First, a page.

Verse 14. "If her father had but spit in her face" - This appears to have been done only in cases of great provocation on the part of the child, and strong irritation on the side of the parent. Spitting in the face was a sign of the deepest contempt. See Job xxx. 10; Isaiah l. 6; Mark xiv. 65. In a case where a parent was obliged by the disobedient conduct of his child to treat him in this way, it appears he was banished from the father's presence for seven days. If then this was an allowed and judged case in matters of high provocation on the part of a child, should not the punishment be equally severe where the creature has rebelled against the Creator? Therefore Miriam was shut out of the camp for seven days, and thus debarred from coming into the presence of God her father, who is represented as dwelling among the people. To a soul who knows the value and inexpressible blessedness of communion with God, how intolerable must seven days of spiritual darkness be! But how indescribably wretched must their case be who are cast out into outer darkness, where the light of God no more shines, and where his approbation can no more be felt for ever! Reader, God save thee from so great a curse! Several of the fathers suppose there is a great mystery hidden in the quarrel of Miriam and Aaron with Moses and Zipporah. Origen (and after him several others) speaks of it in the following manner:- "1. Zipporah, a Cushite espoused by Moses, evidently points out the choice which Jesus Christ has made of the Gentiles for his spouse and Church. 2. The jealousy of Aaron and Miriam against Moses and Zipporah signifies the hatred and envy of the Jews against Christ and the apostles, when they saw that the mysteries of the kingdom of heaven had been opened to the Gentiles, of which they had rendered themselves unworthy. 3. The leprosy with which Miriam was smitten shows the gross ignorance of the Jews, and the ruinous, disordered state of their religion, in which there is neither a head, a temple, nor a sacrifice. 4. Of none hut Jesus Christ can it be said that he was the most meek and patient of men; that he saw God face to face; that he had every thing clearly revealed without enigmatical representations; and that he was faithful in all the house of God." This, and much more, Origen states in the sixth and seventh homilies on the book of Numbers, and yet all this he considers as little in comparison of the vast mysteries that lie hidden in these accounts; for the shortness of the time, and the magnitude of the mysteries, only permit him "to pluck a few flowers from those vast fields-not as many as the exuberance of those fields afford, but only such as by their odour he was led to select from the rest." Licebat tamen ex ingentibus campis paucos flosculos legere, et non quantum ager exuberet, sed quantum ordoratui supiciat, carpere.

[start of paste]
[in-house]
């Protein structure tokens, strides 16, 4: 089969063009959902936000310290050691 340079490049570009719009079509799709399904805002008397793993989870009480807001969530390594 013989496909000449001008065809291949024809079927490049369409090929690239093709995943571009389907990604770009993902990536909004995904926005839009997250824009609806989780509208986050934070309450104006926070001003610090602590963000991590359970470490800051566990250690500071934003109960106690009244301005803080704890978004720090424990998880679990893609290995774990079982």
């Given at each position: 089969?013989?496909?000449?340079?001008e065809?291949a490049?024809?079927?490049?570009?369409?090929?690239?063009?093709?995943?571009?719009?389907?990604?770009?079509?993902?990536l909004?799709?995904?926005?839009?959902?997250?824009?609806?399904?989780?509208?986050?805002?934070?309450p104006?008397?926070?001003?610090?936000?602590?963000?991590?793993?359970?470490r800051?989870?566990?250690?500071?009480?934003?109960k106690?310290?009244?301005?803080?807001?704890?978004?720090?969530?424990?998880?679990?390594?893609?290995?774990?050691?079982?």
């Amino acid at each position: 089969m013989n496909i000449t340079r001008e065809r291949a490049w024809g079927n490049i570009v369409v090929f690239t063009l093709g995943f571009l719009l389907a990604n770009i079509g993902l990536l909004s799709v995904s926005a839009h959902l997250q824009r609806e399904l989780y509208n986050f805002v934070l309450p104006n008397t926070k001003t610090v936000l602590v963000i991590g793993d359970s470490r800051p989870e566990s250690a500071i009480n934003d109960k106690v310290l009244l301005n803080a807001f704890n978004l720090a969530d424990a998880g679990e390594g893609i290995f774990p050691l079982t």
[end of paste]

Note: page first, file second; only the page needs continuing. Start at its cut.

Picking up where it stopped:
Verse 16. "The wilderness of Paran." - This could not be the same Paran with that mentioned Deut. i. 1, for that was on the borders of the promised land, see the note on Deut. i. 1, 2; they were long near the borders of Canaan, and might have speedily entered into it, had it not been for their provocations and iniquities. They spent thirty-eight years in a journey which might have been accomplished in a few weeks! How many through their unfaithfulness have been many years in gaining that for which, in the ordinary procedure of Divine grace, a few days had been sufficient! How much ground may a man lose in the Divine life by one act of unfaithfulness or transgression! Israel wandered in the wilderness because Israel despised the pleasant land, and did not give credence to the word of the Lord. They would have a golden calf, and they had nothing but tribulation and wo in return.